nuclear targets

Where to Live VIII – Nuclear Targets

3 mins read

In the eighth installment of Where to Live, we’re going to take a look at one threat that is very, very unlikely and yet would be catastrophic if it came to fruition: an all-out intercontinental nuclear attack.
While I’m not quite old enough to remember Duck-and-Cover drills in school, I do remember hearing that because of its world-class port facilities, my home town was #7 on the Russkies’ hit list. I don’t know if that was true or even how the good folks of Duluth managed to get a copy of the USSR playbook,* but the bombs have to fall somewhere, and it’s likely that they would fall where they’ll do the Russians the most good, or at least do us the most harm.
One advantage of modern technology is that nuclear bombs are a lot cleaner now that they were when Fat Man and Little Boy toured Japan in the summer of ’45. While they are more powerful, they will likely dissipate more quickly and do less damage to stuff outside the immediate blast zone. Unless they hit a nuclear power plant, then hooo, buddy. But as Joel Skoussen once said, if you’re in a blast zone, don’t build a better bomb shelter, move!
That’s really the only plan for threats this catastrophic. You either ignore them or you get out of their way. If you don’t think the Chinese are going to bomb out our silos in a first strike and you like western Nebraska, you’re probably fine to live there. If you think they might and the idea of building a bigger bomb shelter keeps you awake at night, well, there are lots of other places that look like western Nebraska that don’t have targets all over the place.
I do note on this map that, other than the three rural areas saturated with black, bomb targets are basically population centers because those are usually industrial centers. While I’m skeptical that the Russians will start a surprise bombing campaign in all these cities simultaneously – meaning you’ll have time to escape most of them – there remain plenty of other reasons to avoid high population areas.
* Even this map is not necessarily from that playbook.

El Borak is an historian by training, an IT Director by vocation, and a writer when the mood strikes him. He lives in rural Kansas with his wife of thirty years, where he works to fix the little things.

5 Comments

  1. From the looks of the map, about half the country would perish in a nuclear exchange. That would leave us with 150 million people…the same population we had in the late 1950s. If would also pretty well destroy all the bastions of liberalism which have been plaguing us for a long time. Hmm. It might be worth it…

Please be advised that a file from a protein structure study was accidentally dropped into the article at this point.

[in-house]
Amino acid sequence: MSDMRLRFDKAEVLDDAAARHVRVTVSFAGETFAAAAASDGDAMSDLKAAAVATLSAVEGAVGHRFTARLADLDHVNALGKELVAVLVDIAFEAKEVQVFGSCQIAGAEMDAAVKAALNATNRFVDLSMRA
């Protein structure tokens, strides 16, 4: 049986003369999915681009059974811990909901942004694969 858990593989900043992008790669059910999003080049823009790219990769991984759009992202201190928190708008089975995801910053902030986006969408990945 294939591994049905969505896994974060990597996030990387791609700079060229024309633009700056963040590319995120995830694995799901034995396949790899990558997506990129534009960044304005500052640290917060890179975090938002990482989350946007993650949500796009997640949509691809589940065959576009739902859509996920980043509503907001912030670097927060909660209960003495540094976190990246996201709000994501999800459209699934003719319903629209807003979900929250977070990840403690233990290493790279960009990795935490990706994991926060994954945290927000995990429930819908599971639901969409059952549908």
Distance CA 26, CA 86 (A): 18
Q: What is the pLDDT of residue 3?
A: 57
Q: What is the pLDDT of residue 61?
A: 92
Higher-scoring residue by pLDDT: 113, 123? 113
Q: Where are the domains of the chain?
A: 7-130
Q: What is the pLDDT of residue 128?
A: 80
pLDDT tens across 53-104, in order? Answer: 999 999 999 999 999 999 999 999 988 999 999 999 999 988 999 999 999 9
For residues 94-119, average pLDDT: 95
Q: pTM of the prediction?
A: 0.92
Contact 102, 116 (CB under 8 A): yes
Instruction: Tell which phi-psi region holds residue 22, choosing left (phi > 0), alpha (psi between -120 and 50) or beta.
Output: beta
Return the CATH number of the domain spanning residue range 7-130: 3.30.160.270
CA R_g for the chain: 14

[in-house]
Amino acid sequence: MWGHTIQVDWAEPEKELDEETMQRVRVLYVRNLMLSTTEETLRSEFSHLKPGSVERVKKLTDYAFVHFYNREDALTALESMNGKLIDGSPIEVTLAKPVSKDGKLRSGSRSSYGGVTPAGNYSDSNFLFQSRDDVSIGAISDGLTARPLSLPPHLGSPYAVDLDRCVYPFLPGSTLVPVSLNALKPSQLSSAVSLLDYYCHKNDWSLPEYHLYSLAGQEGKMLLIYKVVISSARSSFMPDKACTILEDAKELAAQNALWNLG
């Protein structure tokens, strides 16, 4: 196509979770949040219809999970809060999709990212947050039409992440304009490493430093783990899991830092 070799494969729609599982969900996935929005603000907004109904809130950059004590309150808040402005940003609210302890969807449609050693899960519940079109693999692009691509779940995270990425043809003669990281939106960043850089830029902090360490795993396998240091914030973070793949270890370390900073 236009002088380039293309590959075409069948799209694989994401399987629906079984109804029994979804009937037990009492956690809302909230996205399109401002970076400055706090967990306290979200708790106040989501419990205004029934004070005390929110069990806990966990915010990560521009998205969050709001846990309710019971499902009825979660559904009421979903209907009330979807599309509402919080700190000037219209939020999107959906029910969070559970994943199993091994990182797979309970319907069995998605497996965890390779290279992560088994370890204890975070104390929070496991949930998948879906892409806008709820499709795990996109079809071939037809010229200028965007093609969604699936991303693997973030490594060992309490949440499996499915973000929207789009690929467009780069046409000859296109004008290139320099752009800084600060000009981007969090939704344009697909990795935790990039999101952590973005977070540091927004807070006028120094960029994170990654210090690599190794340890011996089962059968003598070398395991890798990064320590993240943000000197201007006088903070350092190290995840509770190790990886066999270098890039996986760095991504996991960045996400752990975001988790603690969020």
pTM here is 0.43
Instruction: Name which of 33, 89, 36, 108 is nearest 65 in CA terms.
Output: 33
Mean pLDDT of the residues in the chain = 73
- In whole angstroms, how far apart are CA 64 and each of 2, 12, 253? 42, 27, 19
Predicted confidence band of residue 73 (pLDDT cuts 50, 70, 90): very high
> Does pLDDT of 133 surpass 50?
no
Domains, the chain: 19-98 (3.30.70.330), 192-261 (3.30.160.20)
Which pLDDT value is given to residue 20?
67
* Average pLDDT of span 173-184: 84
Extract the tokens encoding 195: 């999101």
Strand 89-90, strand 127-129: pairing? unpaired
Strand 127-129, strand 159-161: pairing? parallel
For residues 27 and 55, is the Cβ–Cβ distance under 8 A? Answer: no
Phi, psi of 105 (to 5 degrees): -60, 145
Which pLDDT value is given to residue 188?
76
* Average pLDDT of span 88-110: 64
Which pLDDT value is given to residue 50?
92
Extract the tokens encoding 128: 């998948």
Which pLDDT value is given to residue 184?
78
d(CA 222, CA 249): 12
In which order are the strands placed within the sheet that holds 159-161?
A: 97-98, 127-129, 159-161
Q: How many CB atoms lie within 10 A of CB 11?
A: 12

• My gut would say it depends on the threats you expect. If you expect danger TO the base, then obviously living near it is not good. Missiles, bombs, all that stuff… if you expect it’s going to be a target, probably best to stay away.
      If you expect danger FROM the base, then it would depend upon your relationship with the people in it, i.e. are they a greater danger to you or to your enemies?
      A good example might be the Missouri Kansas border during the Civil War. If you were a Union guy on the Kansas side, nearby soldiers were your protection (however faulty) from Quantrill, Bloody Bill, Gerorge Todd, even old Sterling Price. If you were a Southern man on the Missouri side, those same soldiers were your worst enemy. If you were a Union guy on the Missouri side, they might be either, depending upon how much your property appealed to them, as many Kansas soldiers were abolitionists first and Unionists second. They might come to your aid with Quantrill in the area and then free all your slaves. Then again, you could get rich buying ‘liberated’ livestock from those same soldiers…
      I expect that in a real meltdown, current bases might be something of ghost towns… soldiers are going to put to work in LA or New Orleans rather than ranging about Junction City Kansas or Colorado Springs.
      On the other hand, they have to be *somewhere* in numbers. If they are near you in numbers, and they need what you have, are they more likely to buy it or steal it?

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